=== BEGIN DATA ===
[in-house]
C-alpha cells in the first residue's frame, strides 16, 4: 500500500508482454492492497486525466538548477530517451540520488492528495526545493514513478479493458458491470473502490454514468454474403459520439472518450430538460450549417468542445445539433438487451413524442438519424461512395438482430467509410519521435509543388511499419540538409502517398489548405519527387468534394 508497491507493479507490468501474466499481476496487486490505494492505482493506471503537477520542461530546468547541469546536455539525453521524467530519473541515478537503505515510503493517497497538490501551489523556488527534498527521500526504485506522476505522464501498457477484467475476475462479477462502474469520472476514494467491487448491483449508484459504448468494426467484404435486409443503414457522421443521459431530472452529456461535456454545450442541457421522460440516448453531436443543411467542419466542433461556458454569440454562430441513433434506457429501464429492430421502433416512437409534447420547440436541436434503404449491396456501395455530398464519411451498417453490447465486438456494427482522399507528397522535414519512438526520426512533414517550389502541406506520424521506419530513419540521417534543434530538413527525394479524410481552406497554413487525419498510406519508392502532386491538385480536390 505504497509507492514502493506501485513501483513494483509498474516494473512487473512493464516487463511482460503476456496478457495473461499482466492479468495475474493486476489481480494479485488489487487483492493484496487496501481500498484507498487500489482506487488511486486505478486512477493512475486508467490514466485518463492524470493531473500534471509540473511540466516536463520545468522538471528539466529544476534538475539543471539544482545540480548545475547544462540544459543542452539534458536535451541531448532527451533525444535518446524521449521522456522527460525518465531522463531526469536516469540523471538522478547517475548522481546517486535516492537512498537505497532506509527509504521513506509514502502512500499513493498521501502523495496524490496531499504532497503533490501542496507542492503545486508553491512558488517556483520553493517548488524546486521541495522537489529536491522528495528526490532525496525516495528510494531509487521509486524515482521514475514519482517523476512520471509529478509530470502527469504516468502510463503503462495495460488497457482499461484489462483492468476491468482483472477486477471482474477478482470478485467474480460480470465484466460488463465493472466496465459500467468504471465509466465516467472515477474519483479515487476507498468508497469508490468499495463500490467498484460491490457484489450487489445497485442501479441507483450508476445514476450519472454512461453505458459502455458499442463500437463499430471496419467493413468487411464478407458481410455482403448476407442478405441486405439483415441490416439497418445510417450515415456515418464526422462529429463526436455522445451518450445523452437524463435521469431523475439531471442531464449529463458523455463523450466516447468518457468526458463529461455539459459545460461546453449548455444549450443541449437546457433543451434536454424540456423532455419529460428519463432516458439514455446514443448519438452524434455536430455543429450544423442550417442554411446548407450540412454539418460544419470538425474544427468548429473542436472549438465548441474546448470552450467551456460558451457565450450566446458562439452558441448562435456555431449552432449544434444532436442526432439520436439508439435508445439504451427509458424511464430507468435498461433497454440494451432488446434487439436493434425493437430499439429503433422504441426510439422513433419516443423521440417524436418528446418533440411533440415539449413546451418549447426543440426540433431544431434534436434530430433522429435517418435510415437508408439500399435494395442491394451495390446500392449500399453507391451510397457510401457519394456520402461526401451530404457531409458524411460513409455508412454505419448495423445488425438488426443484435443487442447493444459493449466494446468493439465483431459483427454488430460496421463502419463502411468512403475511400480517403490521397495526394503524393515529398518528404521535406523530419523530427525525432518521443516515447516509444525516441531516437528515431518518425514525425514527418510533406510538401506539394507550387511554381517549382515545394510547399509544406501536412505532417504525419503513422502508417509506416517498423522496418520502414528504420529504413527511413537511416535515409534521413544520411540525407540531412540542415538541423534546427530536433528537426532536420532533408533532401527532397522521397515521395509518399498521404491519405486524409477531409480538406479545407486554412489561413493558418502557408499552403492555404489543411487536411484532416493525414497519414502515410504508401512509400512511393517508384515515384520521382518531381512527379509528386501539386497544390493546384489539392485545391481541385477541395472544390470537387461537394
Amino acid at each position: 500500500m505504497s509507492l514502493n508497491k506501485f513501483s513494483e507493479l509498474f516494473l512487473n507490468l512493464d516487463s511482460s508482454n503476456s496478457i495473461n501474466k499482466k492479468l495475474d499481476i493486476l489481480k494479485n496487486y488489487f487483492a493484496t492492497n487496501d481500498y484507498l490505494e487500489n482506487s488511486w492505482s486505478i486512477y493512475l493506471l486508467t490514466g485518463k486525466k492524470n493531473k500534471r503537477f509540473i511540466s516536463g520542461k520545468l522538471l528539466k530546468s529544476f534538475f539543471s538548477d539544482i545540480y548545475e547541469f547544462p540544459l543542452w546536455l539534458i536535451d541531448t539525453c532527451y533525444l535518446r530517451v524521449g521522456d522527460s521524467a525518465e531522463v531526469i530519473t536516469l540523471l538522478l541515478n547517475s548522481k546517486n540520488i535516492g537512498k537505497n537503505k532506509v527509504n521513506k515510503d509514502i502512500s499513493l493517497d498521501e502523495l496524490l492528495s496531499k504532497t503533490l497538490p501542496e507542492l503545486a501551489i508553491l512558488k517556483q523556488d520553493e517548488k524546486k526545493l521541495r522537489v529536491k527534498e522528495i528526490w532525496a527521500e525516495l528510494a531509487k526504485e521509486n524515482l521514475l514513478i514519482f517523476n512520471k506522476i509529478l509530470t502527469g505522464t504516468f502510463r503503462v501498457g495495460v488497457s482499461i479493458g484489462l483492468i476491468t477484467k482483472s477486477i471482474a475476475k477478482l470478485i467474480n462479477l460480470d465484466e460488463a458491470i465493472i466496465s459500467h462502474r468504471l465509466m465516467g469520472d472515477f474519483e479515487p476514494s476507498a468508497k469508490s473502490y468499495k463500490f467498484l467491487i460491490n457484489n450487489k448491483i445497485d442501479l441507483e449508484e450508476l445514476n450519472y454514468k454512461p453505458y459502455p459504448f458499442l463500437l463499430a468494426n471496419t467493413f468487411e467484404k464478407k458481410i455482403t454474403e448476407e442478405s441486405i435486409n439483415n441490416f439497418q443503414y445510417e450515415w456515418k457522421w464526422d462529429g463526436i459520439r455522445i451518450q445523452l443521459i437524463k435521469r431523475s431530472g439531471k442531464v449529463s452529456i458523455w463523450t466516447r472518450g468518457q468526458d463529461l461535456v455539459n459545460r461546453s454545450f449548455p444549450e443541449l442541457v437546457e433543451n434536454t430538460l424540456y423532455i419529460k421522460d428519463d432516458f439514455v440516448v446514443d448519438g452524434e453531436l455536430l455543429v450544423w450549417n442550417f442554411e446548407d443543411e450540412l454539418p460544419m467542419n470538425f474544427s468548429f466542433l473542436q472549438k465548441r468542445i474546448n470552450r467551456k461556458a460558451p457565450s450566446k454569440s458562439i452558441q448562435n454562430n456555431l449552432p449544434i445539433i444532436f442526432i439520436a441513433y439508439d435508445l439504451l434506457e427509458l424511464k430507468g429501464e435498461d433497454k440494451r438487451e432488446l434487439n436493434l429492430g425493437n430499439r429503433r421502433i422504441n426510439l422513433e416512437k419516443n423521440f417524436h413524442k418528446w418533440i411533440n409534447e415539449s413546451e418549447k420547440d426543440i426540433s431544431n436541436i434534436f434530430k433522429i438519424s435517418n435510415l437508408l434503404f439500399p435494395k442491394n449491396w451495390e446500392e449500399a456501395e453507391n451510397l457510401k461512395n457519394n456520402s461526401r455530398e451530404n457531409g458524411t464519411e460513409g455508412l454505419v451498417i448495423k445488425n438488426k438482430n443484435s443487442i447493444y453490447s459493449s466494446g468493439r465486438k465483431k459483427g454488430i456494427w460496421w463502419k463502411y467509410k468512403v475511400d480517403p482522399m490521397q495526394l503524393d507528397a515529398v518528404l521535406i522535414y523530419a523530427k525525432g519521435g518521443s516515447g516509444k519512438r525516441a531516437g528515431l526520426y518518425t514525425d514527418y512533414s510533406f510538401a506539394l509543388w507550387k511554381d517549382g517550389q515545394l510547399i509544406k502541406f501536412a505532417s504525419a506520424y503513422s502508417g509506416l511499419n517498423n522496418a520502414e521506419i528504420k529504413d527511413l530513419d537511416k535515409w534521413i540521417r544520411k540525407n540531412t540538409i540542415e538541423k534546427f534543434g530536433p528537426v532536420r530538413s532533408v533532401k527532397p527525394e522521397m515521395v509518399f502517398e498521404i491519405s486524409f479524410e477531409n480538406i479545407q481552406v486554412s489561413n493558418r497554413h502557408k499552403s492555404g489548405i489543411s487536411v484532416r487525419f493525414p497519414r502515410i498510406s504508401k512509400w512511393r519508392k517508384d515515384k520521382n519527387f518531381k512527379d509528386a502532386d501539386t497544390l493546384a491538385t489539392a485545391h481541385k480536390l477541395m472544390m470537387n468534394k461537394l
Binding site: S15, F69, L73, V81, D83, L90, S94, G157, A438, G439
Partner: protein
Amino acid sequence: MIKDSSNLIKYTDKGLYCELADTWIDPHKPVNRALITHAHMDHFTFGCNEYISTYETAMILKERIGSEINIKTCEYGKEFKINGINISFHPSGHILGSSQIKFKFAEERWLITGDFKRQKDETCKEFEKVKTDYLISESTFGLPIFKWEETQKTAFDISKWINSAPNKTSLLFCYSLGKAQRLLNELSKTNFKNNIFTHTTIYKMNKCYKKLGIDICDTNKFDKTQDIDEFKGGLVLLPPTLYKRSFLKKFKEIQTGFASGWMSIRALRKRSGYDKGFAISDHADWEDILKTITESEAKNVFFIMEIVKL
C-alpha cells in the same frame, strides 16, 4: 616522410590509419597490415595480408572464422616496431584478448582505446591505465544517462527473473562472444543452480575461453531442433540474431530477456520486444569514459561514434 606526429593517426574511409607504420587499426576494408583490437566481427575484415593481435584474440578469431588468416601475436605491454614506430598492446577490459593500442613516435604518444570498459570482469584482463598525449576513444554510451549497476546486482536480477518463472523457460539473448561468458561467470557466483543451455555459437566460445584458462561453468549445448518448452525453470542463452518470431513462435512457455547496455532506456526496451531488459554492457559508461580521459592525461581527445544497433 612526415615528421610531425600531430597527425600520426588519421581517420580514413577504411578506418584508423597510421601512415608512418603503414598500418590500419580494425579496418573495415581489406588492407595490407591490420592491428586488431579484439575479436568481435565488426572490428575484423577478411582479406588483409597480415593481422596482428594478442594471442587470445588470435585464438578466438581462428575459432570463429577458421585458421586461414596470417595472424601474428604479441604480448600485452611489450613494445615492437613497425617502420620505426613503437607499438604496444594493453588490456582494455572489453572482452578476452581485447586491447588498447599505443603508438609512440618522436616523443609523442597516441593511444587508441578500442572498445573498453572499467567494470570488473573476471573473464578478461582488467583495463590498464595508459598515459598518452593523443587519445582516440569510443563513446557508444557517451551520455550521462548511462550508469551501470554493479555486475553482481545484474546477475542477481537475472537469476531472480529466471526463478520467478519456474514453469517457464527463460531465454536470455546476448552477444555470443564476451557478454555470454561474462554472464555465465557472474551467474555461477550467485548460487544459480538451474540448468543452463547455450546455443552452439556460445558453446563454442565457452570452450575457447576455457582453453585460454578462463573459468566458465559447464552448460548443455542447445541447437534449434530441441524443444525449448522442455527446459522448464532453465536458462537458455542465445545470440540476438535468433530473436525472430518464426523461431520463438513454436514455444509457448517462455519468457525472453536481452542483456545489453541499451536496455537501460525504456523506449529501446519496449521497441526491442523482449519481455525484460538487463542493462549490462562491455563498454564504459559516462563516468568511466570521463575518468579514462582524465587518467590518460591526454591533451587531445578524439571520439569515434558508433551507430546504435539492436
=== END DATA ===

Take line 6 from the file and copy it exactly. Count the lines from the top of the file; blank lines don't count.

Amino acid sequence: MIKDSSNLIKYTDKGLYCELADTWIDPHKPVNRALITHAHMDHFTFGCNEYISTYETAMILKERIGSEINIKTCEYGKEFKINGINISFHPSGHILGSSQIKFKFAEERWLITGDFKRQKDETCKEFEKVKTDYLISESTFGLPIFKWEETQKTAFDISKWINSAPNKTSLLFCYSLGKAQRLLNELSKTNFKNNIFTHTTIYKMNKCYKKLGIDICDTNKFDKTQDIDEFKGGLVLLPPTLYKRSFLKKFKEIQTGFASGWMSIRALRKRSGYDKGFAISDHADWEDILKTITESEAKNVFFIMEIVKL